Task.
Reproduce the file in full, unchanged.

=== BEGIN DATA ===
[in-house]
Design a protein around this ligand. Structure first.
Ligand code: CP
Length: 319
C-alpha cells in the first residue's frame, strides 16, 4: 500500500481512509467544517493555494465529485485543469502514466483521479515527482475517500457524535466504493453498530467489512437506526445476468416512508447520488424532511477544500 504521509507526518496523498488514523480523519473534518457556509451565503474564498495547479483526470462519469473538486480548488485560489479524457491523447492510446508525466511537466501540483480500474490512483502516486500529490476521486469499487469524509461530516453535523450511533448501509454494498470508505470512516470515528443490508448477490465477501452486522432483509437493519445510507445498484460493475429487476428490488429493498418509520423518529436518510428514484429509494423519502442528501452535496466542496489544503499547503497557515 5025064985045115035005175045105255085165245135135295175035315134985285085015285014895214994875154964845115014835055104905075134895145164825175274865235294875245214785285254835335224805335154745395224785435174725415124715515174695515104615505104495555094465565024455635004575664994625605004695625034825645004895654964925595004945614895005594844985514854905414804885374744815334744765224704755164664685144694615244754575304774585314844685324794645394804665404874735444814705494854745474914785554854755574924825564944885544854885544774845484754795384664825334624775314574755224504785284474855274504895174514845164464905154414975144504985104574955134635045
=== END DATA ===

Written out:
[in-house]
Design a protein around this ligand. Structure first.
Ligand code: CP
Length: 319
C-alpha cells in the first residue's frame, strides 16, 4: 500500500481512509467544517493555494465529485485543469502514466483521479515527482475517500457524535466504493453498530467489512437506526445476468416512508447520488424532511477544500 504521509507526518496523498488514523480523519473534518457556509451565503474564498495547479483526470462519469473538486480548488485560489479524457491523447492510446508525466511537466501540483480500474490512483502516486500529490476521486469499487469524509461530516453535523450511533448501509454494498470508505470512516470515528443490508448477490465477501452486522432483509437493519445510507445498484460493475429487476428490488429493498418509520423518529436518510428514484429509494423519502442528501452535496466542496489544503499547503497557515 5025064985045115035005175045105255085165245135135295175035315134985285085015285014895214994875154964845115014835055104905075134895145164825175274865235294875245214785285254835335224805335154745395224785435174725415124715515174695515104615505104495555094465565024455635004575664994625605004695625034825645004895654964925595004945614895005594844985514854905414804885374744815334744765224704755164664685144694615244754575304774585314844685324794645394804665404874735444814705494854745474914785554854755574924825564944885544854885544774845484754795384664825334624775314574755224504785284474855274504895174514845164464905154414975144504985104574955134635045